More Looney Tunes...your wish is our command. In this 4-disc set are 60 of the most hysterical Looney Tunes ever created and over 5 hours of extra special features. Indeed, some have never before been on home video! Disc 1 celebrates a duo every bit as famous as thunder and lightning or beans and weenies: Bugs Bunny and Daffy Duck. Termite Terrace provides peerless takes on Fairy Tales in Disc 2. Not to be outdone, Disc 3 showcases the hilarious talent of the great animator Robert Clampett. And the fowl deeds and rabbit-fire jokes wrap with Disc 4's hamboree jamboree of Porky Pig and more classics.

Kaseykockroach wonders:

Does this mean Porky is going to get another disc? Or is it another All-stars? By the sound of it, it sorta sounds like a "Porky & Friends" type of disc to me.Either way, Mouse Menace just has to be included! P.S: Also, if there a Clampett Disc, does this mean more John K. commentaries?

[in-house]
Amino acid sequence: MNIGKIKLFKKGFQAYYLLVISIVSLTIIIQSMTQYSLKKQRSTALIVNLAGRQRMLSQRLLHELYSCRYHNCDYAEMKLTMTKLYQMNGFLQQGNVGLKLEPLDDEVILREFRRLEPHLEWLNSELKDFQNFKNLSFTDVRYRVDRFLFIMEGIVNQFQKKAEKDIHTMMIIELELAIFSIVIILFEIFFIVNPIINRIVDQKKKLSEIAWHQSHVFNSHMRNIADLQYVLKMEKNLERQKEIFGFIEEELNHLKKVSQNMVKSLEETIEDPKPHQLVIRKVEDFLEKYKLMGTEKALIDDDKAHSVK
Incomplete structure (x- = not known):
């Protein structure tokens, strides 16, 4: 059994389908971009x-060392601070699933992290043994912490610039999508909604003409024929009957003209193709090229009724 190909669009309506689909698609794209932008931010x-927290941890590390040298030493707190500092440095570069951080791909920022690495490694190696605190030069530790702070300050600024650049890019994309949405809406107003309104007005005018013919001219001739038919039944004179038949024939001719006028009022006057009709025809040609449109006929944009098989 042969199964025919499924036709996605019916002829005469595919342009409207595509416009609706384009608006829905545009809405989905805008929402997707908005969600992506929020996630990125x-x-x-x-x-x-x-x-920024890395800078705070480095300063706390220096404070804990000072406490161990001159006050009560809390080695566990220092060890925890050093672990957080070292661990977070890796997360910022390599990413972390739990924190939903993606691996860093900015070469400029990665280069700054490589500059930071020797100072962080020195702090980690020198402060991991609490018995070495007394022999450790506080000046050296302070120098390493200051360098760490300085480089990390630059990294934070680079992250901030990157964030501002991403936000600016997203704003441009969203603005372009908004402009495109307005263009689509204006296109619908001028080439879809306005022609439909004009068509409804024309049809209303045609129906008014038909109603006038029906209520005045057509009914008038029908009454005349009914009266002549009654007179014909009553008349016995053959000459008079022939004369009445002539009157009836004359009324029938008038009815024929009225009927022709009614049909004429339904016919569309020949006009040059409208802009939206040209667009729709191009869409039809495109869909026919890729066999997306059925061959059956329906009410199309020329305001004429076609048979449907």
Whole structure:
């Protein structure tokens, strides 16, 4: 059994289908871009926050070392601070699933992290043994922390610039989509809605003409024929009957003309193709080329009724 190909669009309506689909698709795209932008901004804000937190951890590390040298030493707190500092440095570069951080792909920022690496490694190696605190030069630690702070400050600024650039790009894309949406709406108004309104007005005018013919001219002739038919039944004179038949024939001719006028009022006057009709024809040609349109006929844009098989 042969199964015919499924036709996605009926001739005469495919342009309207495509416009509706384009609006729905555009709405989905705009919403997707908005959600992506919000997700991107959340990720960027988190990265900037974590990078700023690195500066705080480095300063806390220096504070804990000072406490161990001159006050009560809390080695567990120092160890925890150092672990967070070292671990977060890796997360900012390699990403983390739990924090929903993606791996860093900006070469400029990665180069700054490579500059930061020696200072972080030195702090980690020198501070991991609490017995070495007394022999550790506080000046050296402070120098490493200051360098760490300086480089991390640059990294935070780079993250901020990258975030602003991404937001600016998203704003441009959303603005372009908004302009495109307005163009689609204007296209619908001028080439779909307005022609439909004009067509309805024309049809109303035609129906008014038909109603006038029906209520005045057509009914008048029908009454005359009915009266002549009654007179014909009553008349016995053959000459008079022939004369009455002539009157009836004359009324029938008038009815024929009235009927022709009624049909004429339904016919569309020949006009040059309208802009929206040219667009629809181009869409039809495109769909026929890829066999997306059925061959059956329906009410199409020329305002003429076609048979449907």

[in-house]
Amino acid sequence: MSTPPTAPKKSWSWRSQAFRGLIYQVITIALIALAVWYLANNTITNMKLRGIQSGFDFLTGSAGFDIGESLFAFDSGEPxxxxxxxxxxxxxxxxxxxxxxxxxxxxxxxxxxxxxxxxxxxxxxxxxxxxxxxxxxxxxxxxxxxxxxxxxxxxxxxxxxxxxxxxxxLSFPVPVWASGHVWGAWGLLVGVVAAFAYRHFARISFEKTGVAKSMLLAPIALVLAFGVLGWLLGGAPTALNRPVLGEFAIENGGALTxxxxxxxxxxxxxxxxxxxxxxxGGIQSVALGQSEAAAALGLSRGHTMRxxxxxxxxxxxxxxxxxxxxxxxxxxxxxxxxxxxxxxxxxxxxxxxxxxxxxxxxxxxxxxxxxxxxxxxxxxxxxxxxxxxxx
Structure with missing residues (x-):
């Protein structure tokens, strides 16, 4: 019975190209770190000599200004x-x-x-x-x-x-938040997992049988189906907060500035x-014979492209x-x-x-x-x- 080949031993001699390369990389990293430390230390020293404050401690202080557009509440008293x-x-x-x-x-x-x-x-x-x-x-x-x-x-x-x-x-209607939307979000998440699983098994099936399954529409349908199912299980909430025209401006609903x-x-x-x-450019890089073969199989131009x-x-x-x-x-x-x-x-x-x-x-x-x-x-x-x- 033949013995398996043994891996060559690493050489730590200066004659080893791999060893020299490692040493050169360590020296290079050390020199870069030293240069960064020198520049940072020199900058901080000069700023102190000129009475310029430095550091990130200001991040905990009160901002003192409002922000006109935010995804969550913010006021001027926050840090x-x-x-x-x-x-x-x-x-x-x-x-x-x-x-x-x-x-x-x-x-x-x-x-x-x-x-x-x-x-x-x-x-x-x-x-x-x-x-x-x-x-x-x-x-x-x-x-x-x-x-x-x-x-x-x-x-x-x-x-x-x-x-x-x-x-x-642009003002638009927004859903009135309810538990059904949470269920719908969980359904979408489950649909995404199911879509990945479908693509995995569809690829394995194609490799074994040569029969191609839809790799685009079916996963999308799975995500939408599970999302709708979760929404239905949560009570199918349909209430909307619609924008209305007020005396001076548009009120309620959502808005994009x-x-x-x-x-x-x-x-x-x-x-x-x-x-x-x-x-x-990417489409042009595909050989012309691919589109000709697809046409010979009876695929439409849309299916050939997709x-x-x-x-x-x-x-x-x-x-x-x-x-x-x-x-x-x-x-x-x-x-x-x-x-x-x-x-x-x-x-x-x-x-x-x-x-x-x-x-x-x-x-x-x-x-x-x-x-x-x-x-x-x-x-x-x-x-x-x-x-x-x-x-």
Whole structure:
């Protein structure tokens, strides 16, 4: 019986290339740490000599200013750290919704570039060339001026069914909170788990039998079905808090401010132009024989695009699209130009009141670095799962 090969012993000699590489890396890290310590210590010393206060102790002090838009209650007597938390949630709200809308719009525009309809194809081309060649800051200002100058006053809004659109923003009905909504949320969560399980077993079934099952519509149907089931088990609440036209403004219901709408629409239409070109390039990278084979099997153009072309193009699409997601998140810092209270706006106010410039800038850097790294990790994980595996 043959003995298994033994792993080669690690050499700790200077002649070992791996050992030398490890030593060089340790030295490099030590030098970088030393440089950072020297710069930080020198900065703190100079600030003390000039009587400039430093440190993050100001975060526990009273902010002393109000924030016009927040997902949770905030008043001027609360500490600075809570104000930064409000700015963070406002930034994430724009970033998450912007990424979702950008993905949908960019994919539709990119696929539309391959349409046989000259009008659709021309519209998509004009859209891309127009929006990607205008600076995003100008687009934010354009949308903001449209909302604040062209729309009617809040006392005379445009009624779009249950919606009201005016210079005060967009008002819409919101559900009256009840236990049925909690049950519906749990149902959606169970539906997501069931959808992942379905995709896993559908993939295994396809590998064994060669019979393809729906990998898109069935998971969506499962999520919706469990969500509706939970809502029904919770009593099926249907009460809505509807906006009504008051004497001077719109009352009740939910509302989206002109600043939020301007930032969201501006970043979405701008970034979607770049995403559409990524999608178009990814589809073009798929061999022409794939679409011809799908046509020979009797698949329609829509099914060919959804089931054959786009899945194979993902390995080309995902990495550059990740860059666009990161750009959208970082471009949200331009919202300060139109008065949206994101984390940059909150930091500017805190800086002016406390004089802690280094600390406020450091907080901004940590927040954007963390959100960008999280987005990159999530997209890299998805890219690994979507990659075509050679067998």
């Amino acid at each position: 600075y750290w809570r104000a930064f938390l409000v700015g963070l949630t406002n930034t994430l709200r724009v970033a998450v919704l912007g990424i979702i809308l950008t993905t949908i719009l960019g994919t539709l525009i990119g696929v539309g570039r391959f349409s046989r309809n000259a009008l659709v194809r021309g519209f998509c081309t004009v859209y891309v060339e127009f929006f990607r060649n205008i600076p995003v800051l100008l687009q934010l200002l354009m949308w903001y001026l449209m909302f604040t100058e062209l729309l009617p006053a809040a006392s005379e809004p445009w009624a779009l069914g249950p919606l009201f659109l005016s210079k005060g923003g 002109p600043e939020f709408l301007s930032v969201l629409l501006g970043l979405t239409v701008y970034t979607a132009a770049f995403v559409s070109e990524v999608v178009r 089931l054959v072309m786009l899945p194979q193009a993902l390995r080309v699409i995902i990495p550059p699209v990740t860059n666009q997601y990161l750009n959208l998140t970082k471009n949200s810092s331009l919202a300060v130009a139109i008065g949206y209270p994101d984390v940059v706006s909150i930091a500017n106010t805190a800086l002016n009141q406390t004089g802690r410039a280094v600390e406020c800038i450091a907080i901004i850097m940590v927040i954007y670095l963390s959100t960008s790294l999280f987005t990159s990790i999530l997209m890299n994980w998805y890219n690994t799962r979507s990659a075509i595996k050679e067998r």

Eugene the Jeep quickly puts that notion to rest:

No. He thinks the series is an abomination.

Leviathan weighs in:

Clampett getting his own disc is overdue. I would expect to see at least one commentary from you-know-who on the disc (and an appropriate blog entry damning Warner Bros. for turning the shorts into candycane lane, but that's neither here nor there). And here's hoping at least one Foghorn Leghorn makes it to the last disc.

Tuesday, July 10, 2007

What's Opera, Doc -- 50 years later

Apparently it's the 50th anniversary of Chuck Jones' classic short, "What's Opera, Doc" and the Toronto Star has posted an article to commemorate the occasion. According to Wikipedia, the cartoon was initially released on June 6, 1957. There's nothing in the article you probably didn't already know, but it's still a nicely written reminder to the masses that yes, animation did exist before computers.